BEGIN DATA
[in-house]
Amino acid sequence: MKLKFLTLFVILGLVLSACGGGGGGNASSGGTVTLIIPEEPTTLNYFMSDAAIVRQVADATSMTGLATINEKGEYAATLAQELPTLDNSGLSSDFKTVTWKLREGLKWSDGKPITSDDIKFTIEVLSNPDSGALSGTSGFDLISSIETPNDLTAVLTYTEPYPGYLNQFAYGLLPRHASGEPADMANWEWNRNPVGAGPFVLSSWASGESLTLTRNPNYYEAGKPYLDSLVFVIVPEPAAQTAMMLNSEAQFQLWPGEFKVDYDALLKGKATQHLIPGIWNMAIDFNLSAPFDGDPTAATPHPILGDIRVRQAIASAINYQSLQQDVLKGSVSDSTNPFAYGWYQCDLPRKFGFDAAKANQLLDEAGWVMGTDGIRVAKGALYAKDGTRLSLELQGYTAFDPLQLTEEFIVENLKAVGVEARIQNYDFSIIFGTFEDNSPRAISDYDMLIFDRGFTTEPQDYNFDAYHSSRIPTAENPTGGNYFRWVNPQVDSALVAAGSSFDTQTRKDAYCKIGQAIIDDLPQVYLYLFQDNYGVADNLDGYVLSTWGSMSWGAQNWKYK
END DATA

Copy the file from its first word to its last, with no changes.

[in-house]
Amino acid sequence: MKLKFLTLFVILGLVLSACGGGGGGNASSGGTVTLIIPEEPTTLNYFMSDAAIVRQVADATSMTGLATINEKGEYAATLAQELPTLDNSGLSSDFKTVTWKLREGLKWSDGKPITSDDIKFTIEVLSNPDSGALSGTSGFDLISSIETPNDLTAVLTYTEPYPGYLNQFAYGLLPRHASGEPADMANWEWNRNPVGAGPFVLSSWASGESLTLTRNPNYYEAGKPYLDSLVFVIVPEPAAQTAMMLNSEAQFQLWPGEFKVDYDALLKGKATQHLIPGIWNMAIDFNLSAPFDGDPTAATPHPILGDIRVRQAIASAINYQSLQQDVLKGSVSDSTNPFAYGWYQCDLPRKFGFDAAKANQLLDEAGWVMGTDGIRVAKGALYAKDGTRLSLELQGYTAFDPLQLTEEFIVENLKAVGVEARIQNYDFSIIFGTFEDNSPRAISDYDMLIFDRGFTTEPQDYNFDAYHSSRIPTAENPTGGNYFRWVNPQVDSALVAAGSSFDTQTRKDAYCKIGQAIIDDLPQVYLYLFQDNYGVADNLDGYVLSTWGSMSWGAQNWKYK